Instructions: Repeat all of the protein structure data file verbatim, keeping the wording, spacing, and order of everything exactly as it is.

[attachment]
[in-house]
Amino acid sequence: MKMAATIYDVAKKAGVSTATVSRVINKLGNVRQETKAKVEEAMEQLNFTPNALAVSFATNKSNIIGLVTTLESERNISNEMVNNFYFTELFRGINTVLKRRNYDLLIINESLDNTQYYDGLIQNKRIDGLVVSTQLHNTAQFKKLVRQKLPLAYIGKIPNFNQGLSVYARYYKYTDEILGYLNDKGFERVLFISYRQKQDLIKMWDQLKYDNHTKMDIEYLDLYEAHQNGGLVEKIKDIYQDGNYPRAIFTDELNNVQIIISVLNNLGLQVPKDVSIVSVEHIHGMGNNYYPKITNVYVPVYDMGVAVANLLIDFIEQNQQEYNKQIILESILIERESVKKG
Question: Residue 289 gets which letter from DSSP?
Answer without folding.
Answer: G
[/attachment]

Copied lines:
[in-house]
Amino acid sequence: MKMAATIYDVAKKAGVSTATVSRVINKLGNVRQETKAKVEEAMEQLNFTPNALAVSFATNKSNIIGLVTTLESERNISNEMVNNFYFTELFRGINTVLKRRNYDLLIINESLDNTQYYDGLIQNKRIDGLVVSTQLHNTAQFKKLVRQKLPLAYIGKIPNFNQGLSVYARYYKYTDEILGYLNDKGFERVLFISYRQKQDLIKMWDQLKYDNHTKMDIEYLDLYEAHQNGGLVEKIKDIYQDGNYPRAIFTDELNNVQIIISVLNNLGLQVPKDVSIVSVEHIHGMGNNYYPKITNVYVPVYDMGVAVANLLIDFIEQNQQEYNKQIILESILIERESVKKG
Question: Residue 289 gets which letter from DSSP?
Answer without folding.
Answer: G